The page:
The BMJ study is difficult to argue with, but the usual suspects have been out in force to sow as much doubt as they can. They have opted for a strategy that they would claim was ripped out of the 'Big Tobacco playbook' if other people did it. It takes three forms: outright denial, raising spurious methodological objections, and diverting attention to other issues.

Using examples from the last twelve hours, let me illustrate how this works.

Doubt

Ian Gilmore of the Alcohol Health Alliance, a long time foe of booze, went for the old trick of saying 'correlation is not causation' without explaining why we should not infer causation after 40 years of the same findings being produced. Doubt is his product.

Professor Sir Ian Gilmore, chairman of the Alcohol Health Alliance, said: “As the authors of the study say, it is not possible to draw firm conclusions from the study about cause and effect between moderate alcohol consumption and heart health."

As Gilmore knows, no epidemiological study is able to establish causation, but in the absence of any plausible explanation it seems reasonable to conclude that the effect is causal. Gilmore offers no alternative explanation and the BMJ study explicitly states that his beloved 'sick quitter' hypothesis does explain the results. Gilmore doesn't mention this in his press release. Instead he promotes the risible Chief Medical Officer's report that he and his buddies in the temperance lobby oversaw.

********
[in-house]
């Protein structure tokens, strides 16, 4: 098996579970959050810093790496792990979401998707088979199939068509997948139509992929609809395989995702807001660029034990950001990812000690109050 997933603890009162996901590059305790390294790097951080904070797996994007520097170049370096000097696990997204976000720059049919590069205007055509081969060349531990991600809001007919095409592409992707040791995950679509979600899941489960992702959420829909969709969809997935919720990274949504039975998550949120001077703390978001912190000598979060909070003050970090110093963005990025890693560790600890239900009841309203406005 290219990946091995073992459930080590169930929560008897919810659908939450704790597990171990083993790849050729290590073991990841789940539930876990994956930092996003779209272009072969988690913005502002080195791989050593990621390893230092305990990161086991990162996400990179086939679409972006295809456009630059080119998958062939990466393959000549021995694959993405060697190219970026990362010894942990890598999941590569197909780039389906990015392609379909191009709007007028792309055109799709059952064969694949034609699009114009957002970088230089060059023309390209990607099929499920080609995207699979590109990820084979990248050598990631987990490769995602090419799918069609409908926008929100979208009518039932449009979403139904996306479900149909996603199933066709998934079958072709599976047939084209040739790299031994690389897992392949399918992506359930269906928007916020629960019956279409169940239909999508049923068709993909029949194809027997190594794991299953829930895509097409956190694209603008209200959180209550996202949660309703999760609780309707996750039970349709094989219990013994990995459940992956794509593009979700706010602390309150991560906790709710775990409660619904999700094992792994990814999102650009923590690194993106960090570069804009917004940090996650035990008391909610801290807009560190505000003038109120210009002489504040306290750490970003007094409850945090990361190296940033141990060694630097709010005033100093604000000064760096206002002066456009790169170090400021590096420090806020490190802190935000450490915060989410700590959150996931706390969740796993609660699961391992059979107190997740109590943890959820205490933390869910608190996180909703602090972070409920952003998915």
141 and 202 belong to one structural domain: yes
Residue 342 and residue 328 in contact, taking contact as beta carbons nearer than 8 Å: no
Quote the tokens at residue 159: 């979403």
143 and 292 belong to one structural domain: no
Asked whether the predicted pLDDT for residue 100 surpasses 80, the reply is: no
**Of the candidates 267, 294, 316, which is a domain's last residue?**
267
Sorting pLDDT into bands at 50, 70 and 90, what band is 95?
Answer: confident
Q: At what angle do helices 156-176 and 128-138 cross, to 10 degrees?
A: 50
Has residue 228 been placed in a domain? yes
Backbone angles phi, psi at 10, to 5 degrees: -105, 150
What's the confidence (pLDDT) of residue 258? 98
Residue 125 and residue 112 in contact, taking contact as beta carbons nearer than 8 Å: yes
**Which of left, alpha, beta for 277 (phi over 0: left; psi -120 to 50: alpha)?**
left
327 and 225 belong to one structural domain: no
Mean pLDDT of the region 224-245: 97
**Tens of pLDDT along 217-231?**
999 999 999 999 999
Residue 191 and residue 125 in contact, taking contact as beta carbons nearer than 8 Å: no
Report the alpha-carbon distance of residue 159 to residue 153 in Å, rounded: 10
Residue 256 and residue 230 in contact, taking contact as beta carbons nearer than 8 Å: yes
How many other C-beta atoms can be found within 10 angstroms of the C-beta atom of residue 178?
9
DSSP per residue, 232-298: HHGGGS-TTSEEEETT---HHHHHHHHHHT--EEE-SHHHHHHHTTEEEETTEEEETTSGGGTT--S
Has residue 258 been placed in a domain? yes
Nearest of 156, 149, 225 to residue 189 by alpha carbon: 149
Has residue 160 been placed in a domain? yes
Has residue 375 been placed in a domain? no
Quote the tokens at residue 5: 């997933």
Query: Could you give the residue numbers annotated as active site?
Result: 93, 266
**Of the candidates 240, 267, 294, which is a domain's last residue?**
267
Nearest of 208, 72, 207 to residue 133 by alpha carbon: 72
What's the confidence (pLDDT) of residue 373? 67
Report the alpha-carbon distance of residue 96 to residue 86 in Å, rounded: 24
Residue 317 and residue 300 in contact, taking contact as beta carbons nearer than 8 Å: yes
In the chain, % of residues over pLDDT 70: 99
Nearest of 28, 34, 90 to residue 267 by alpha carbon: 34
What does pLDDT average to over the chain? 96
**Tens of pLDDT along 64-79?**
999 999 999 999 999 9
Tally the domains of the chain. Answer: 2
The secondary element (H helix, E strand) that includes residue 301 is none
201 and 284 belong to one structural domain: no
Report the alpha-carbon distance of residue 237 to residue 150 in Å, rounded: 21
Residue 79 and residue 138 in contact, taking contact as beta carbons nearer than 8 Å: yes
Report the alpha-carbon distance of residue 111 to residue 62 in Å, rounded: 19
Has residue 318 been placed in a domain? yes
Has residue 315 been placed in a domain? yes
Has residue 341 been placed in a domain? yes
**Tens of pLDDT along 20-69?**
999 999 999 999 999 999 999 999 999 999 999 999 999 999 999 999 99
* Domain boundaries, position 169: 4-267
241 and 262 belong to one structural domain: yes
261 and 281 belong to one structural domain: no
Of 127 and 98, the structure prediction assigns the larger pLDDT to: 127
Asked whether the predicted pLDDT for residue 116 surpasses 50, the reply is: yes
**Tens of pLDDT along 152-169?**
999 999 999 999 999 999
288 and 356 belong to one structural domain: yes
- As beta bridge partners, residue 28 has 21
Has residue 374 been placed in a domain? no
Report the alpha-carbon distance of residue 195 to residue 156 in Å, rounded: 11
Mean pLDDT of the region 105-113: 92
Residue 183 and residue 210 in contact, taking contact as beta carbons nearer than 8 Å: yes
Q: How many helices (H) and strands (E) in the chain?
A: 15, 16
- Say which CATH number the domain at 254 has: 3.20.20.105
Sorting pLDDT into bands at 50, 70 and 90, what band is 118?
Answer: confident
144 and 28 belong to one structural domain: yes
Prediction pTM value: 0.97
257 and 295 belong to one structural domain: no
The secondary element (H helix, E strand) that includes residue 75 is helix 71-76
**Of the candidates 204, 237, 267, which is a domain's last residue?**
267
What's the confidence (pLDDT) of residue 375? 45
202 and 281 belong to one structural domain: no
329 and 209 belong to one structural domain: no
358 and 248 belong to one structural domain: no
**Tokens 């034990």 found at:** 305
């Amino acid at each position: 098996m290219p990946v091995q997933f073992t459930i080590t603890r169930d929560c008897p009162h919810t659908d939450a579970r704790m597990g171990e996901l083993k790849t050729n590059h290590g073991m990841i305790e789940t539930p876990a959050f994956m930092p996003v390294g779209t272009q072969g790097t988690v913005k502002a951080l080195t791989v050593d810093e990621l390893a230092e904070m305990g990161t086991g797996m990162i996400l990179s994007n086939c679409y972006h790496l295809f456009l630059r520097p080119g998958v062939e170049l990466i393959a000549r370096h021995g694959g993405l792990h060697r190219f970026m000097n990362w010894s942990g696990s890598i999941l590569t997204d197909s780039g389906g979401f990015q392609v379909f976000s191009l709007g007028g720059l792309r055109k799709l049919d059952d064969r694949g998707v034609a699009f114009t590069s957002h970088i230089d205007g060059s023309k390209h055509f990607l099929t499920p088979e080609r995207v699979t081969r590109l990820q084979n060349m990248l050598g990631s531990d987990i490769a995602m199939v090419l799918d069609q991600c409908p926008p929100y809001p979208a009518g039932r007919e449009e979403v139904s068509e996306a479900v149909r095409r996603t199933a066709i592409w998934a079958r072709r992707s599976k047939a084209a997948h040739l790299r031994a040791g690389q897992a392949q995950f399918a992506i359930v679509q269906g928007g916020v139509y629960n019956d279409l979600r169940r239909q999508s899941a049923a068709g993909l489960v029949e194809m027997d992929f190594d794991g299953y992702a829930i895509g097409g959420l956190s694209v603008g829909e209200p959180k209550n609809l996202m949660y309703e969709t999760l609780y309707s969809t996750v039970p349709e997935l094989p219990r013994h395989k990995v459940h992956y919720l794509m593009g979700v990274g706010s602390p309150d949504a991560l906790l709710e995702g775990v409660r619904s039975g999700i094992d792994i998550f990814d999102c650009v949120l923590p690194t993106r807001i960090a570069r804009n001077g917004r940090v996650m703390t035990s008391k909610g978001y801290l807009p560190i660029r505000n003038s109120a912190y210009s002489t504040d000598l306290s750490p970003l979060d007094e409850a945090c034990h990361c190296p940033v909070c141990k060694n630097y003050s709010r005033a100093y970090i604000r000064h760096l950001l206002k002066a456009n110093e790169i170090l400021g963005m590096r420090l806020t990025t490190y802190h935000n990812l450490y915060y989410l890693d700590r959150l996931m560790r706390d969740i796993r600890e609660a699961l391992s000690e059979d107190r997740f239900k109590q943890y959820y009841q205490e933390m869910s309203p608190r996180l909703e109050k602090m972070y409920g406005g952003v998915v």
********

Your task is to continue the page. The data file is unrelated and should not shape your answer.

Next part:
Denial

Outright denials came from the British Heart Foundation, of all people:

“This study suggests that sticking within alcohol guidelines may actually lower your risk of some heart conditions,” says Tracy Parker, of charity the British Heart Foundation, who was not involved in the study. “But it’s important to remember that the risks of drinking alcohol far outweigh any possible benefits. These findings are certainly no reason to start drinking alcohol if you don’t already.”

In fact, the BMJ study shows that participants who drank within the old UK guidelines were 24 per cent less likely to die and 31 per cent less likely to have coronary heart disease by the time the study ended. Let's not mince words, the BHF spokeswoman is lying here.